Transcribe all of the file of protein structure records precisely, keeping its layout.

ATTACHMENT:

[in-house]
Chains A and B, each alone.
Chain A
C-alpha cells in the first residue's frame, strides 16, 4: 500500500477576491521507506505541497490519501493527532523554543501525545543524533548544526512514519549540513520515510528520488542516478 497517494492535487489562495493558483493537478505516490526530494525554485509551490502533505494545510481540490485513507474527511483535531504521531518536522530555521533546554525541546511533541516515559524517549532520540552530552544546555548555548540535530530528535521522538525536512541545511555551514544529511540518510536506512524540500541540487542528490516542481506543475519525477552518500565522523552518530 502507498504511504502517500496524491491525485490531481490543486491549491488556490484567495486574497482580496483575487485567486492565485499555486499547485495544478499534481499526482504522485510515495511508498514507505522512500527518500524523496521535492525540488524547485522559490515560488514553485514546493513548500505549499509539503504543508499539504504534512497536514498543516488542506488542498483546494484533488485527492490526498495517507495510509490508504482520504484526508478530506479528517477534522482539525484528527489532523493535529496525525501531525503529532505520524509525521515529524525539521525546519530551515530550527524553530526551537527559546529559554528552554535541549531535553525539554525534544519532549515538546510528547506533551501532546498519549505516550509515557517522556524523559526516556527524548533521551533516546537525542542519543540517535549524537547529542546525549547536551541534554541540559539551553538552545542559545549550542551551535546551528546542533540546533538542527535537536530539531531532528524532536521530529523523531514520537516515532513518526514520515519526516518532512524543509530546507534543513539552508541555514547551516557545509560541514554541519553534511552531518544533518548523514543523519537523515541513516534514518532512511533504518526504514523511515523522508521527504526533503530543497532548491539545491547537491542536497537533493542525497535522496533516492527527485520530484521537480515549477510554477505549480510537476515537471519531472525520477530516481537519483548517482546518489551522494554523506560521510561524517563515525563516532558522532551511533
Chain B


[in-house]
Chains A and B, each alone.
Chain A
C-alpha cells in the first residue's frame, strides 16, 4: 500500500477576491521507506505541497490519501493527532523554543501525545543524533548544526512514519549540513520515510528520488542516478 497517494492535487489562495493558483493537478505516490526530494525554485509551490502533505494545510481540490485513507474527511483535531504521531518536522530555521533546554525541546511533541516515559524517549532520540552530552544546555548555548540535530530528535521522538525536512541545511555551514544529511540518510536506512524540500541540487542528490516542481506543475519525477552518500565522523552518530 502507498504511504502517500496524491491525485490531481490543486491549491488556490484567495486574497482580496483575487485567486492565485499555486499547485495544478499534481499526482504522485510515495511508498514507505522512500527518500524523496521535492525540488524547485522559490515560488514553485514546493513548500505549499509539503504543508499539504504534512497536514498543516488542506488542498483546494484533488485527492490526498495517507495510509490508504482520504484526508478530506479528517477534522482539525484528527489532523493535529496525525501531525503529532505520524509525521515529524525539521525546519530551515530550527524553530526551537527559546529559554528552554535541549531535553525539554525534544519532549515538546510528547506533551501532546498519549505516550509515557517522556524523559526516556527524548533521551533516546537525542542519543540517535549524537547529542546525549547536551541534554541540559539551553538552545542559545549550542551551535546551528546542533540546533538542527535537536530539531531532528524532536521530529523523531514520537516515532513518526514520515519526516518532512524543509530546507534543513539552508541555514547551516557545509560541514554541519553534511552531518544533518548523514543523519537523515541513516534514518532512511533504518526504514523511515523522508521527504526533503530543497532548491539545491547537491542536497537533493542525497535522496533516492527527485520530484521537480515549477510554477505549480510537476515537471519531472525520477530516481537519483548517482546518489551522494554523506560521510561524517563515525563516532558522532551511533
Chain B